A feedback culture is essential for innovation, growth and performance. But do you really have a feedback culture? Here are six questions that explore the underlying aspects of a healthy feedback culture:
Does the HiPPO* always win? In a feedback culture, there will be openness from senior leaders to admit they are not always right and to change their views. As Steve Job famously said, "I don't really care about being right; I just care about success..." *Highest paid person's opinion What happens when a mistake is made? When things are all sunshine and roses, a feedback culture is more straightforward. The true test of a feedback culture is when deadlines are missed, complaints are going up and targets are unmet. Does it then turn into a scene out of Lord of the Flies, with scapegoating, blaming, voting people off the island? If so, you don't really have a feedback culture. To what extent do people openly disagree on issues? Innovation and decision making benefit from the diversity of thought. Everyone agreeing all the time is not diversity of thought. It's also not a feedback culture. A feedback culture has a healthy level of two-way feedback and professional disagreement. This also helps minimise an aspect of workplaces that most people hate. Office politics. Does underperformance come as a surprise? In a feedback culture, there is a great deal of transparency about performance and progress. This is at an individual level, team level, and company level. Leaders don't wait three months before things hit breaking point to then 'performance manage' someone. Team's don't hide critical issues impacting progress. Do people tend to leave for "better" jobs than when they started? In a feedback culture, feedback is a practice essential for growth and development. If people are growing and developing, they will sometimes outgrow their roles. And sometimes it isn't possible to retain them, no matter how hard you try. When people leave a healthy feedback culture, they become advocates for your business on the outside, referring potential customers and candidates frequently. How much is obnoxious feedback tolerated? "Oh, I was just trying to be open and honest with them...". The excuse you often hear when someone has delivered feedback like a jerk, under the guise of 'direct feedback'. A feedback culture isn't carte blanche to insult and belittle others. In a feedback culture, feedback is delivered with thought and the genuine intention of helping others grow and develop.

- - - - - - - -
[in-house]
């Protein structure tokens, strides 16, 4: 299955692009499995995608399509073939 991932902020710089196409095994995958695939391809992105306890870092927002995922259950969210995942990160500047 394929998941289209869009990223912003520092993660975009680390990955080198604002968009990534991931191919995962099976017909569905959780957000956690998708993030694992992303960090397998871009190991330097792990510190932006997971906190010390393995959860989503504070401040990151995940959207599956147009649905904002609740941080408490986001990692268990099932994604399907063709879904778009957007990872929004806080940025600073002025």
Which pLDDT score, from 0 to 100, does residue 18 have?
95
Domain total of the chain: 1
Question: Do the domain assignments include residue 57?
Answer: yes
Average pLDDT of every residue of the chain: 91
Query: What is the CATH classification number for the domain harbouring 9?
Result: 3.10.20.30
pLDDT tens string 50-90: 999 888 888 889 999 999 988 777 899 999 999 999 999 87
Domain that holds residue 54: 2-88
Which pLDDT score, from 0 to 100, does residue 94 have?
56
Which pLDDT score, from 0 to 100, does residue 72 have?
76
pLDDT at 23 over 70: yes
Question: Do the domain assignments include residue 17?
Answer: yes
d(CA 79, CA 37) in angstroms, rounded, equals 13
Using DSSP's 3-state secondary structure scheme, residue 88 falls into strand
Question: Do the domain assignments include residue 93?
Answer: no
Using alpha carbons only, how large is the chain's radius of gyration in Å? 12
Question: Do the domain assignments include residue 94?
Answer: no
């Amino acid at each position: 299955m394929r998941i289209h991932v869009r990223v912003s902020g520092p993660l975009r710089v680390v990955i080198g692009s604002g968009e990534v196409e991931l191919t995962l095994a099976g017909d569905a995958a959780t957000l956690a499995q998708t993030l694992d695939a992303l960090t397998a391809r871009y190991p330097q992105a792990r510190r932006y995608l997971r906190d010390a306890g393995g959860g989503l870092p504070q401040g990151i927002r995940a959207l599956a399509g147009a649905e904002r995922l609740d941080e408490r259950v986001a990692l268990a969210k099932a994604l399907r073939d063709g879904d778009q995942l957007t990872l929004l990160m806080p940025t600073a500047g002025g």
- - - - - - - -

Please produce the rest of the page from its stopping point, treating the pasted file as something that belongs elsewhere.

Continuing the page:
For more info see our most popular infographic about a feedback culture: